“Thank You” is Not a Substitute for Storytelling

By Patrick Ahern 4 years agoNo Comments

“Tell me the facts and I’ll learn. Tell me the truth and I’ll believe. But tell me a story and it will live in my heart forever.”    

                                                                                                                                                     Native American Proverb

There is a groundswell of recent energy related to storytelling being a critical skill of effective leaders. Am I surprised by the fact that the best leaders integrate storytelling into their management repertoire? Absolutely not.

However, what does surprise me is that most companies have not figured out a strategy for effectively capturing and leveraging stories across their company as a way to connect employees’ minds, hearts, and their work. Stories alone can help companies close the gap between what they can imagine and what can be accomplished.

What we set out to do almost 15 years ago at Brand Integrity was to help our clients literally create a storytelling engine. What our clients began to see was that if they could truly master the discipline of strategic employee recognition, what they were really doing was mastering the way to tell and share positive stories throughout their company, and the recognition was the fuel to power the storytelling engine.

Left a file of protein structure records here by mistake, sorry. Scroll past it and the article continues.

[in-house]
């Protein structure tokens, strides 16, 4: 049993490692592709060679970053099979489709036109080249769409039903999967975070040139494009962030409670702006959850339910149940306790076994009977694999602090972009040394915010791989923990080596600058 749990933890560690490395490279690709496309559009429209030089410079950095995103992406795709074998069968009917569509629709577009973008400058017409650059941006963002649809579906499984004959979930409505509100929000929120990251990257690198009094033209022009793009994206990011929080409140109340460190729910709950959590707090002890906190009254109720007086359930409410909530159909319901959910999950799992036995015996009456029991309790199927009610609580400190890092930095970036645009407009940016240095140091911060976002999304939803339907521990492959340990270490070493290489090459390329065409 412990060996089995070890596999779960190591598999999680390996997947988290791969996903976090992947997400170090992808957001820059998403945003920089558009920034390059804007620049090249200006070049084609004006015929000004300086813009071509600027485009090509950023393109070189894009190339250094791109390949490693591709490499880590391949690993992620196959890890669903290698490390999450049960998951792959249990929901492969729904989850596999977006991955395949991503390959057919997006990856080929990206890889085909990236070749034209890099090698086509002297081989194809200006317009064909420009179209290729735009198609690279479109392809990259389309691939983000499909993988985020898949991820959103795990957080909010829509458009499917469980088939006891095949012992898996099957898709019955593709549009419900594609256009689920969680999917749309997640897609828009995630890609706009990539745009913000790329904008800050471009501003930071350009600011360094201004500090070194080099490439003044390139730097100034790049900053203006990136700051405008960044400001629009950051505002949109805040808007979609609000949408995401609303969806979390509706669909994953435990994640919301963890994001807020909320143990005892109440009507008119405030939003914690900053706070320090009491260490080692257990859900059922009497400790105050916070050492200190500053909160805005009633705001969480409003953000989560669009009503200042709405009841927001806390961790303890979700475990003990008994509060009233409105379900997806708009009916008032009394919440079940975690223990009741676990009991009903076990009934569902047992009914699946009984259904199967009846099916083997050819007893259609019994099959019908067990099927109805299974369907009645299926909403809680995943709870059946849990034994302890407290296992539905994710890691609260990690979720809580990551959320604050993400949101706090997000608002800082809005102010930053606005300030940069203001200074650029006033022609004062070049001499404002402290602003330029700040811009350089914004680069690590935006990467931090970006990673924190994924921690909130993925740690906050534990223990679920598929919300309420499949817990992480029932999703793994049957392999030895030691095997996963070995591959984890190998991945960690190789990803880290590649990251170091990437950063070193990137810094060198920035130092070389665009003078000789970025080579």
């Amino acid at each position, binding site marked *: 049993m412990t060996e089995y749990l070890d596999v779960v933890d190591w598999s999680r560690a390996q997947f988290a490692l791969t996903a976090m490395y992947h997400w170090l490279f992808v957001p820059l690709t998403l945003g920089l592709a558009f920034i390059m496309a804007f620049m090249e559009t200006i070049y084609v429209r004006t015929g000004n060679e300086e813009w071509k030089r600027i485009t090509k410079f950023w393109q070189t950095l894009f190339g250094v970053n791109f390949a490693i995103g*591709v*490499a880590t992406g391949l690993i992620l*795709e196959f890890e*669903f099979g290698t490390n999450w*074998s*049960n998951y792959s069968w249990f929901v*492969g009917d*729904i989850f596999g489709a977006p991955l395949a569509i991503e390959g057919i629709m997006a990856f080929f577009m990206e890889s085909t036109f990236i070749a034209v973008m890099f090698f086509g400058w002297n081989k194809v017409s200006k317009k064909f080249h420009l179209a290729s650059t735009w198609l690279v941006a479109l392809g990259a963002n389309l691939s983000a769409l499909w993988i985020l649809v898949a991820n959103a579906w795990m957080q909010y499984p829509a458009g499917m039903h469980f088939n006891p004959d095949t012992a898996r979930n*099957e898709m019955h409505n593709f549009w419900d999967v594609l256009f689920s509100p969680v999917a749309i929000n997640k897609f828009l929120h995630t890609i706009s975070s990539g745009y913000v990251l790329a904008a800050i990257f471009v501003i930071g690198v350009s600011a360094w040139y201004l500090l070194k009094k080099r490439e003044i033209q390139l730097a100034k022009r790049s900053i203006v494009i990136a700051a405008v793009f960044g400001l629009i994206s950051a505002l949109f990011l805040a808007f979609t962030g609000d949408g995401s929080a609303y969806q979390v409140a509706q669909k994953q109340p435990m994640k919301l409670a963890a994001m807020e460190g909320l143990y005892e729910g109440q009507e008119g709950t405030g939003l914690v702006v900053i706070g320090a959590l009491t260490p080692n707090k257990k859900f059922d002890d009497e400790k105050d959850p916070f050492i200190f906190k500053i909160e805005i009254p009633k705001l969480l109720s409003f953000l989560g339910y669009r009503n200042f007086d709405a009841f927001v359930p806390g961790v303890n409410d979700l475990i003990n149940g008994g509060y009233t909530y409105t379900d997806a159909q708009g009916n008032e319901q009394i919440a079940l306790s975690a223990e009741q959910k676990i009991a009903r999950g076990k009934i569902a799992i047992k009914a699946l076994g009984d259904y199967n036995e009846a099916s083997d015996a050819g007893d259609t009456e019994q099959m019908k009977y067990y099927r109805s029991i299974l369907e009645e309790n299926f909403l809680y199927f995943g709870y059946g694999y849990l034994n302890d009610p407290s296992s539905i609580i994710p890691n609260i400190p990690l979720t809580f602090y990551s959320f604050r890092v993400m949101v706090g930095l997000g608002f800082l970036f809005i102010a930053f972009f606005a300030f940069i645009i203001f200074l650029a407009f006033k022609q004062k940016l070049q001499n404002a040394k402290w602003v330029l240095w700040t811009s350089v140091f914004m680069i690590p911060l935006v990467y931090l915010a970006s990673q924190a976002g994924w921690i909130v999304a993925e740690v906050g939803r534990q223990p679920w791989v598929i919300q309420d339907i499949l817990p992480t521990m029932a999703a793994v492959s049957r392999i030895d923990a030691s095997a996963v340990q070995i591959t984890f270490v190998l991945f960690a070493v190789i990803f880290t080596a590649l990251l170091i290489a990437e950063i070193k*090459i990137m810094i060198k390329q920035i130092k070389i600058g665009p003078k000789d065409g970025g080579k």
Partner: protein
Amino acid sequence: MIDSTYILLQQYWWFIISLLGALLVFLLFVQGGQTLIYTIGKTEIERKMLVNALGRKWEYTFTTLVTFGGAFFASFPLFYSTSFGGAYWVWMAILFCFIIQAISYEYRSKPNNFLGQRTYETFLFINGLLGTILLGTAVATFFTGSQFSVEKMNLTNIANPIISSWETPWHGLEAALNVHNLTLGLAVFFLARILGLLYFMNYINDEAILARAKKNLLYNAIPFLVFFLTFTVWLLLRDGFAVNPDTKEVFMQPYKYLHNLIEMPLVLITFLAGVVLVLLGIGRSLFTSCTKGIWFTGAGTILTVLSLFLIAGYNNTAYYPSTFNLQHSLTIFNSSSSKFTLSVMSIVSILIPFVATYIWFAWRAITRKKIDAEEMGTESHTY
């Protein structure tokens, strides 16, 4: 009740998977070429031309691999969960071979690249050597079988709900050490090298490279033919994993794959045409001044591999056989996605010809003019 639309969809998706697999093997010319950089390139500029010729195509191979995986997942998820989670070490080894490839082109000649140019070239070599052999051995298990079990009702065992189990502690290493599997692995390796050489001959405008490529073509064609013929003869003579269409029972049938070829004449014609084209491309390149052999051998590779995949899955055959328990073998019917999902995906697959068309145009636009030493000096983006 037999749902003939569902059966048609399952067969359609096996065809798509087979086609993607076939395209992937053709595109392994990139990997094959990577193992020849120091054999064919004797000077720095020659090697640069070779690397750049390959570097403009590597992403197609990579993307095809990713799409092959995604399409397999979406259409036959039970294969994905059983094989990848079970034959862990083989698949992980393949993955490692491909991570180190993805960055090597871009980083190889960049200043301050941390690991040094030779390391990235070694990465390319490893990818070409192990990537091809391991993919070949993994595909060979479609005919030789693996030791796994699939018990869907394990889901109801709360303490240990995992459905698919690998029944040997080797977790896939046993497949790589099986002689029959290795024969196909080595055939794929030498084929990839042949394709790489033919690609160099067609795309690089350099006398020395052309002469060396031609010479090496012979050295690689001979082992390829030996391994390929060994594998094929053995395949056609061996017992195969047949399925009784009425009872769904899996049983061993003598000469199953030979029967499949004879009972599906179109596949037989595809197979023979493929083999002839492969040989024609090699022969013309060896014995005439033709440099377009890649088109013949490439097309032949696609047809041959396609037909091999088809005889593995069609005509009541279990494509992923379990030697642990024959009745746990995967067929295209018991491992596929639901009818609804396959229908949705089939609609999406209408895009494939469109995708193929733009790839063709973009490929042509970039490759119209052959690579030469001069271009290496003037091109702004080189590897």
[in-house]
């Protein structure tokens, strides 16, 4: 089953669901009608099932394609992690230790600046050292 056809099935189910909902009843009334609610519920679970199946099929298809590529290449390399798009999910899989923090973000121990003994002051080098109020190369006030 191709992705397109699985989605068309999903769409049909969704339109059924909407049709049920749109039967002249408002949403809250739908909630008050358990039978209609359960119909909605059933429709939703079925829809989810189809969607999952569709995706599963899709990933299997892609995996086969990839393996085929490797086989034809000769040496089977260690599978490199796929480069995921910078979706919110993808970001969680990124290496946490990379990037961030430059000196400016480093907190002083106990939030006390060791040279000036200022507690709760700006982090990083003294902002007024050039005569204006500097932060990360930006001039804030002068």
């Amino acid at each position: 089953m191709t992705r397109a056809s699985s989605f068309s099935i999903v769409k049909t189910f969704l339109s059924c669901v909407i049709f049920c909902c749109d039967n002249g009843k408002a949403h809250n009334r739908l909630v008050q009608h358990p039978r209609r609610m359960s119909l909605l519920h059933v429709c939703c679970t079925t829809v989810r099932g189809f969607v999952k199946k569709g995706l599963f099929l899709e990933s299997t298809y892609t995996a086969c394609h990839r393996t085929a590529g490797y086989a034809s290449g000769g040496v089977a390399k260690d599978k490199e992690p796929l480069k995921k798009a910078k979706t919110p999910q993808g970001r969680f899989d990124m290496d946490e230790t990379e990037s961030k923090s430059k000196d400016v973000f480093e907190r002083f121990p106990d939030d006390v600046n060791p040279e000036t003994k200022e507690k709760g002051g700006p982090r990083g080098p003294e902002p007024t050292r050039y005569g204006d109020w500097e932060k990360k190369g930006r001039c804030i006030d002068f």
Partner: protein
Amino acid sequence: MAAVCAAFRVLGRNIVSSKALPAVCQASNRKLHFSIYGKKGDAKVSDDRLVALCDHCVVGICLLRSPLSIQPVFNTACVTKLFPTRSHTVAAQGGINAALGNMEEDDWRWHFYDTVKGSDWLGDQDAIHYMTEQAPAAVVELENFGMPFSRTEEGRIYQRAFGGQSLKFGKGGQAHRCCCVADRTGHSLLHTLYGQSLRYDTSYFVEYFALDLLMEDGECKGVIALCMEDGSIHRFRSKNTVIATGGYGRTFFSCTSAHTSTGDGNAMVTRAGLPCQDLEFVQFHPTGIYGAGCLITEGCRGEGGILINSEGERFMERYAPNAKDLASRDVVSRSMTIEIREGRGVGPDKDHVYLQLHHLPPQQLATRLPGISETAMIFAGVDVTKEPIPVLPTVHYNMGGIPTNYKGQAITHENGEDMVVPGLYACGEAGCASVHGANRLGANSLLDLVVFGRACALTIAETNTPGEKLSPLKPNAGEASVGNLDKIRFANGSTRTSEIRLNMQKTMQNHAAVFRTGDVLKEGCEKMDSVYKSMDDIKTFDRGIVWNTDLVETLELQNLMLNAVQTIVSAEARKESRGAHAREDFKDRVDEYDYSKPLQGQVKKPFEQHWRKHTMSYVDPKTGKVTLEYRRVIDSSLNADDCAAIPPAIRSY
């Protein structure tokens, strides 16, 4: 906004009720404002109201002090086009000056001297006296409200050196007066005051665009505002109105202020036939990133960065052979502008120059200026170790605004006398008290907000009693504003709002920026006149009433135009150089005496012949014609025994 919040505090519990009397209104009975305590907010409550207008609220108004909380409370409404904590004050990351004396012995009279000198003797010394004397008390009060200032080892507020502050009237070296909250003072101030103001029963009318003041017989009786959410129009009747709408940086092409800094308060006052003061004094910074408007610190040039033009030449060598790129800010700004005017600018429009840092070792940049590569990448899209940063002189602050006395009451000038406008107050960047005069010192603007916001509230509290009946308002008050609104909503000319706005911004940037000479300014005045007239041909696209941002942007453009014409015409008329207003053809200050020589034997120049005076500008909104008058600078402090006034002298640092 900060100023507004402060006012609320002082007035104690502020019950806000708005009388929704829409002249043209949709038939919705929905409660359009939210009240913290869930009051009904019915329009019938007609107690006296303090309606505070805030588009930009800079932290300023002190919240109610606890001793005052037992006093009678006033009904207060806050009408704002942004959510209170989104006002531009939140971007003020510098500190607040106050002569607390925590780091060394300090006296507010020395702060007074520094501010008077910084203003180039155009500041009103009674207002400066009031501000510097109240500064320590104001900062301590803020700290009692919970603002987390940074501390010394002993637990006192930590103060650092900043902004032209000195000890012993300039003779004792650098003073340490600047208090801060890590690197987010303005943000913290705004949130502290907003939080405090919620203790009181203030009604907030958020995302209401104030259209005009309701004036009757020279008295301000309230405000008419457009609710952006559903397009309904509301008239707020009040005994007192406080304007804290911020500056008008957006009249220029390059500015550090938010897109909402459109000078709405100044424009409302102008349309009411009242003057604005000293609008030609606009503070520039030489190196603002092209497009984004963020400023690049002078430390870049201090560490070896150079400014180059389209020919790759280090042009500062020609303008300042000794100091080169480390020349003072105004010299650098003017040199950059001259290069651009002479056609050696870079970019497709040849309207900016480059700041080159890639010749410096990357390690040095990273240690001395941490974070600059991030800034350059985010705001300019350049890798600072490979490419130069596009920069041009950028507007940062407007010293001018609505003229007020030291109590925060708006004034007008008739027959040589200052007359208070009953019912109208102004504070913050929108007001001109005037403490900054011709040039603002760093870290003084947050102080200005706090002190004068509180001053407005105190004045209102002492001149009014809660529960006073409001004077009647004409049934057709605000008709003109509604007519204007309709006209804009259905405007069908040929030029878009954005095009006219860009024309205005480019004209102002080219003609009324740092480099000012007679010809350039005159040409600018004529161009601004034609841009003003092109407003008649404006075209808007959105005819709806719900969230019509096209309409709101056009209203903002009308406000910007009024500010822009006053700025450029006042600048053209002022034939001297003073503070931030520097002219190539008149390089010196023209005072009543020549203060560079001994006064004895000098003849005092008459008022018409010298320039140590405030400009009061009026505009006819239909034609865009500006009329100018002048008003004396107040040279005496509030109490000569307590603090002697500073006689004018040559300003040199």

When we recognize someone in a way that highlights the behavior and experience they deliver, connect it back to the values of the company and what it is leading to for the company, we are telling a story about our culture. A story that can be shared so other company leaders and employees can learn from it and tell it again.

Most corporate recognition programs these days are simply using technology to facilitate ways of saying thank you. You don’t need technology to say thank you, just say it. While gratitude in the workplace is a critical component to fostering a strong work culture, saying thank you to someone is not storytelling. Stories involve characters, settings, plots, conflicts, and resolutions.

It makes me think about bedtime for my 4 children—when the expectation many times is that my wife and I tell a story. Imagine me lying in bed next to my 6-year-old son and I just say, “Thank you. Goodnight. That’s my story, see you in the morning.” Can you imagine the backlash I’d get? “Dad, that’s not a story, all you said was thank you.”

Don’t let “thank you” get in the way of capturing and telling stories that bring your culture to life every day. Stories go well beyond thanks and recognition.

  Employee EngagementEmployee ExperienceGreat Place to WorkLeadershipmanagementStrategic Recognition

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